Note: This post was written by SEI staff, Aida Sefic Williams.
When I wrote the first blog, I didn’t think much of it and I did not expect a lot of comments and feedback, but that is exactly what I got! Since this seems to be a popular topic, the mini-series may be longer than initially expected. Last week, I mainly focused on the convenience factor of the eBooks, but several new points were brought to my attention.
Several positive aspects of eBooks to consider is their advantage for users struggling with reading disabilities. The eBooks, for example, are excellent for the blind population. While this segment of the population was unable to consume reading materials before, eBooks offer a tool, where the book will be read to the end consumer. This is not only an advantage for the blind, but it is also an advantage for people suffering from other reading disabilities, such as dyslexia. A negative aspect to this reading tool, however, is the ability to understand the computer’s speech. When I imagine “hearing” the eBook, my imagination immediately thinks of this tool as an audio book. Unfortunately, the eBook, rather, uses a more computerized voice, where the computer itself is reading the page rather than playing a pre-recorded reading by an actual person. Because only the technology is relied upon, there is no actual human voice reading the material. This causes a problem, since the “speech” can be very difficult to understand and takes quite some time to fully comprehend what the computer is saying.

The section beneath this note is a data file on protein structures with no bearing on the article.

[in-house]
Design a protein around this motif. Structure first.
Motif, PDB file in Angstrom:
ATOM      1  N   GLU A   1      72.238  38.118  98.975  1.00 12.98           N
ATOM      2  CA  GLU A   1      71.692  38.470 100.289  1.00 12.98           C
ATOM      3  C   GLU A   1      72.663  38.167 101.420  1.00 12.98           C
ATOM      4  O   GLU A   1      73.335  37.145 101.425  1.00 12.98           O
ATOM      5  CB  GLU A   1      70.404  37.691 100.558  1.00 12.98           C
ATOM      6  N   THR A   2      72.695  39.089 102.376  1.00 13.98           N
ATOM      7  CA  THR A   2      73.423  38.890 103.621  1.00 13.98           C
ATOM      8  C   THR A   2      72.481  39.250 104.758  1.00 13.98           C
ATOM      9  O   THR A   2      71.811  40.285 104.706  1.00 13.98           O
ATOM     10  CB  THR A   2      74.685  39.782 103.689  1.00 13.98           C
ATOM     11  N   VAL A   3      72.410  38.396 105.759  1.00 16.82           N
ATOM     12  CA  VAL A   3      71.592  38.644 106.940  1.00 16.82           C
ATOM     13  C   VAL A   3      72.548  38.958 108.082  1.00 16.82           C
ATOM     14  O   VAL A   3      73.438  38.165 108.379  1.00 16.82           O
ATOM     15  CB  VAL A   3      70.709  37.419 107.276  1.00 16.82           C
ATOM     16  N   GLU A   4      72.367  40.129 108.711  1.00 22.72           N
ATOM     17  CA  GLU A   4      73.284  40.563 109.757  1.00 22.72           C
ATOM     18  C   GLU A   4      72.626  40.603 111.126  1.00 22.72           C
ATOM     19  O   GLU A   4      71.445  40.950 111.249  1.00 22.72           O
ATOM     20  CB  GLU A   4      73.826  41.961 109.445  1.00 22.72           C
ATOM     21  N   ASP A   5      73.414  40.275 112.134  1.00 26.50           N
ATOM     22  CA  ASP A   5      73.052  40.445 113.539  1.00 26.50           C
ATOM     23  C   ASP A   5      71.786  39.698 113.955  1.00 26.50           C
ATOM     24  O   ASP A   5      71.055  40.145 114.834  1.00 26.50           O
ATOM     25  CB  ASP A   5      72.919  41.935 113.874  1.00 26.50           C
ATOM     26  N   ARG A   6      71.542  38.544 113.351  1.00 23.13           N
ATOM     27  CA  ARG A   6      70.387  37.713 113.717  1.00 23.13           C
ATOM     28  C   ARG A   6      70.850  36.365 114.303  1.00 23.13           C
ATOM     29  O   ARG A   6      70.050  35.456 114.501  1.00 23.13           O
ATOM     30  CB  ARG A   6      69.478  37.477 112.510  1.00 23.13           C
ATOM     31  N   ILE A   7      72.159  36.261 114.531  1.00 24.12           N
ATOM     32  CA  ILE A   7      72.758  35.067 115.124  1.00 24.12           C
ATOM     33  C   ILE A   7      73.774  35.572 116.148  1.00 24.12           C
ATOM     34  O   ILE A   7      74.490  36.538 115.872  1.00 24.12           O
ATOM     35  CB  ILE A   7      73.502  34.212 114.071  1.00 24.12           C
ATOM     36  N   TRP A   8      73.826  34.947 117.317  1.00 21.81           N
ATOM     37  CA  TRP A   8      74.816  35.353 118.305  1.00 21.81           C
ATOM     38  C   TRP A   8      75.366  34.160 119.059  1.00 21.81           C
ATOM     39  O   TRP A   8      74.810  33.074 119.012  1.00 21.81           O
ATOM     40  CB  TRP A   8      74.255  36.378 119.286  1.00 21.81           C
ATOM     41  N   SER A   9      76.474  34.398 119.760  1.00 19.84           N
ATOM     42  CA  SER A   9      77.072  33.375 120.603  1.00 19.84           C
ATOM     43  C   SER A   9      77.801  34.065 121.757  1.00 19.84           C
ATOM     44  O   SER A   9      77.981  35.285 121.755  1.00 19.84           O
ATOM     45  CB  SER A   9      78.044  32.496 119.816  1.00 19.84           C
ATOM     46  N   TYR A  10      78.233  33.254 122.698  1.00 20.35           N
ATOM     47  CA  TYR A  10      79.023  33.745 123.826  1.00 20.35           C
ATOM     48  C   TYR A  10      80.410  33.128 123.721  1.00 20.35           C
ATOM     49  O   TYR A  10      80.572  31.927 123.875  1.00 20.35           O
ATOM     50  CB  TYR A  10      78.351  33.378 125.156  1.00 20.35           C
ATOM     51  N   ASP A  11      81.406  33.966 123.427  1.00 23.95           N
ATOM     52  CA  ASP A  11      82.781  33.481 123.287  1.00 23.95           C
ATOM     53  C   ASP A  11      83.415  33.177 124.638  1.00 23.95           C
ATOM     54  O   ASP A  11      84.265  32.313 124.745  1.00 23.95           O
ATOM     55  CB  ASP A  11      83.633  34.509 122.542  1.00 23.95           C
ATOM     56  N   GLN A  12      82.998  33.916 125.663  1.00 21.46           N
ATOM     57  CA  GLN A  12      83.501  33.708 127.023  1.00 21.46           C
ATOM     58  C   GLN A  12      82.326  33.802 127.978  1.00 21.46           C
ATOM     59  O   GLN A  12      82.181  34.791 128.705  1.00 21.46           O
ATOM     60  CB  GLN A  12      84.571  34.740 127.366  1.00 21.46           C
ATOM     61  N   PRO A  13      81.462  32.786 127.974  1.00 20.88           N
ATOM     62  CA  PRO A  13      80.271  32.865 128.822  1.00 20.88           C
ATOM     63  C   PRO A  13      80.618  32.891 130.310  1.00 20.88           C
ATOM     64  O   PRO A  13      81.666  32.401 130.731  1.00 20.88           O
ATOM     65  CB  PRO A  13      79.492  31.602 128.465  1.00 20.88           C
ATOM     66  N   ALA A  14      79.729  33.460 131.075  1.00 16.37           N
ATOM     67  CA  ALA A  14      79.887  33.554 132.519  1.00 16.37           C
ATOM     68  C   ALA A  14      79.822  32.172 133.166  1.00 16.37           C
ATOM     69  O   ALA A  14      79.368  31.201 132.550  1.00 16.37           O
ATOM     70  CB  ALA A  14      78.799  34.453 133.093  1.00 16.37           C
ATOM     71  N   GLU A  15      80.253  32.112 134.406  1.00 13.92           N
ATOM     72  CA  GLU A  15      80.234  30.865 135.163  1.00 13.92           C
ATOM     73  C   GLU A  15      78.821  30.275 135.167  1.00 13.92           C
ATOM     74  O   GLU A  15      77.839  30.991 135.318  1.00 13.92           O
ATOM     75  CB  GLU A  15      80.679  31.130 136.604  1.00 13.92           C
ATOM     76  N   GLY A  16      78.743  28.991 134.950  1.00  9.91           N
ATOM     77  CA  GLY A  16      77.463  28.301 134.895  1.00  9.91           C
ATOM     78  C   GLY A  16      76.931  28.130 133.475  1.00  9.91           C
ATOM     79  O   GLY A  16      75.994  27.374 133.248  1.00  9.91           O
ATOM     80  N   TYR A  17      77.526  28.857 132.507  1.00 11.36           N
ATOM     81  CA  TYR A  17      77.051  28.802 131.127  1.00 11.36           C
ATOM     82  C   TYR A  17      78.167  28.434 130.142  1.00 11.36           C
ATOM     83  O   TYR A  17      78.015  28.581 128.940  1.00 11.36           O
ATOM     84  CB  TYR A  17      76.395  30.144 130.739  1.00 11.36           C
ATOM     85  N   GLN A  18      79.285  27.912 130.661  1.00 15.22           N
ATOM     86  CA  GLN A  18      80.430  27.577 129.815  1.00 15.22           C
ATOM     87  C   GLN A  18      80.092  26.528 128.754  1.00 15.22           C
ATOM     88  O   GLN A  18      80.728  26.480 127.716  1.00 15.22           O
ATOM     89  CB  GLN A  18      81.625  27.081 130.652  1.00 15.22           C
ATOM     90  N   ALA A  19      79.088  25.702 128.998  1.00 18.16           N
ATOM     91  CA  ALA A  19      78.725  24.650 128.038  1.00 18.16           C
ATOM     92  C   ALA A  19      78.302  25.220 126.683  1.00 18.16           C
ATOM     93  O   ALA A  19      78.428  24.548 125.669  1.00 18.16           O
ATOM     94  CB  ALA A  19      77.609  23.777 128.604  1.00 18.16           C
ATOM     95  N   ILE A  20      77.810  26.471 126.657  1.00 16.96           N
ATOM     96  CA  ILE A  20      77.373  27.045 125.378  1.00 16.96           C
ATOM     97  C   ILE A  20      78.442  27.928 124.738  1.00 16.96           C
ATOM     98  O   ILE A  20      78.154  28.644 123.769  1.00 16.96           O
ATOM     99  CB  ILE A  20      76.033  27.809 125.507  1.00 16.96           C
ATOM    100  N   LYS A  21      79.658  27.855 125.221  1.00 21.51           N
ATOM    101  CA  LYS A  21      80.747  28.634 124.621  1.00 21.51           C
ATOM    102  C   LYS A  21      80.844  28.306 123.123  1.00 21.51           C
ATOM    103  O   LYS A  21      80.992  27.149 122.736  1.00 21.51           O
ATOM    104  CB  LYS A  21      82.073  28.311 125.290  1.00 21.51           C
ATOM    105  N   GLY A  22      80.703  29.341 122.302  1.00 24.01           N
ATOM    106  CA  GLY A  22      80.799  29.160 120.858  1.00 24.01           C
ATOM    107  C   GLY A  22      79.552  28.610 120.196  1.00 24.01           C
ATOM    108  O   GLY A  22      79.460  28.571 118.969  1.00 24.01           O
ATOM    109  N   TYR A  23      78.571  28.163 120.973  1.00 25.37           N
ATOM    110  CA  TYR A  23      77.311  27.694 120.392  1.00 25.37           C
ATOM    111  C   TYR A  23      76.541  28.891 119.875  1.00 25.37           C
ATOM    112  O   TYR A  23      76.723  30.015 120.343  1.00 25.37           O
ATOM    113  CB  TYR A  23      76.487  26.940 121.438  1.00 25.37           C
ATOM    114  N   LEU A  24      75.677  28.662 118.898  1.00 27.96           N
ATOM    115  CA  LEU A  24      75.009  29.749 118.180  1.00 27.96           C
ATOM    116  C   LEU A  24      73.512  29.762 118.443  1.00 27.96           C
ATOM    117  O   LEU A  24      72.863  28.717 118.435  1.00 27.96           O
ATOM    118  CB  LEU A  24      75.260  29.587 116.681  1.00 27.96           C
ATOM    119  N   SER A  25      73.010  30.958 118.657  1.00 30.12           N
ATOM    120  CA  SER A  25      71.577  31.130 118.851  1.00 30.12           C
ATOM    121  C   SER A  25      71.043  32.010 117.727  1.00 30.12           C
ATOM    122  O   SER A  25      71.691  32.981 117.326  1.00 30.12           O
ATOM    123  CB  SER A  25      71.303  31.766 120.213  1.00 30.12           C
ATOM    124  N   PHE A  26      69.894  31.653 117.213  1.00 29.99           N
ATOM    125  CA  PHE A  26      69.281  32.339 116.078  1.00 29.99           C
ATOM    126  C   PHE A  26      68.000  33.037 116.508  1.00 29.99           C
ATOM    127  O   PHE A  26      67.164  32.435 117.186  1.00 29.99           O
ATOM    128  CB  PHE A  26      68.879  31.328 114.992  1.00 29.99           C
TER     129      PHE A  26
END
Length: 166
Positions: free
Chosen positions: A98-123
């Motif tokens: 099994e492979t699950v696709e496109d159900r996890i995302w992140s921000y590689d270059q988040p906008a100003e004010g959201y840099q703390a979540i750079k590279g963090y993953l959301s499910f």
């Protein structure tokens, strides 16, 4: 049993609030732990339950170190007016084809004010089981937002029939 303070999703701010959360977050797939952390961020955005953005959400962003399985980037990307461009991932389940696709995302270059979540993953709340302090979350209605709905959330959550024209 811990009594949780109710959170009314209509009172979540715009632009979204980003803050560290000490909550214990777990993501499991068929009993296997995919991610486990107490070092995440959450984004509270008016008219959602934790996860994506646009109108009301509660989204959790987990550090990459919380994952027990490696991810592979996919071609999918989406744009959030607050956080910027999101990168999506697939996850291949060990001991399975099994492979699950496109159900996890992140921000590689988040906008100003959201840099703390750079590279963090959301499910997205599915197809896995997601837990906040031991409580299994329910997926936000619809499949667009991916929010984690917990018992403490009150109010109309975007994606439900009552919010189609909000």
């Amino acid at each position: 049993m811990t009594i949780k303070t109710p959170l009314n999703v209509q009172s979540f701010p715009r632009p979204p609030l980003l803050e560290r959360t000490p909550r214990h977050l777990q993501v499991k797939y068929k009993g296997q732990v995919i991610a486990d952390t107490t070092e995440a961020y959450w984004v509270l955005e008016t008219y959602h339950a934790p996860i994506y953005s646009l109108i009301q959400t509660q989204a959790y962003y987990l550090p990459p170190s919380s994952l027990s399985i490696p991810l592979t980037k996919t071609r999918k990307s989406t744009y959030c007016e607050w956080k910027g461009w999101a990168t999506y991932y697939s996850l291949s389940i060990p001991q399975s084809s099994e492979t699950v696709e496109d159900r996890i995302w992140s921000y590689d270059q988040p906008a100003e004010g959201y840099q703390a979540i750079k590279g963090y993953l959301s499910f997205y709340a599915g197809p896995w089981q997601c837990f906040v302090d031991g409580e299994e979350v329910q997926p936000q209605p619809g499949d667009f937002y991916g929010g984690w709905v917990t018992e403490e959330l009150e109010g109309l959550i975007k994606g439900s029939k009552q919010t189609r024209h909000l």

The main point I want to consider in this debate is the economic and environmental comparisons of the two media. The economic factors of a book is the processing and manufacturing of the book, which includes cutting down and processing of trees, creating paper, printing, and binding. Once the book is printed, it is then mailed and used. The disposal of the books varies, where the book is either recycled or landfilled. All the steps have economic costs associated with them. The shipping of books, for example, varies depending on the length of travel, weight of the book, and an individual book’s popularity. A specialized text on an obscure topc will not be as widely circulated as a book on Oprah’s book club, for example. These are mainly the economic considerations of a book.
The environmental considerations include deforestation, depletion of the Earth’s natural resources, energy use and hazardous emissions during the processing and manufacturing of the book, additional materials used for the packaging and mailing of books, environmental hazards of transporting the book, and the environmental hazards of the book’s disposal.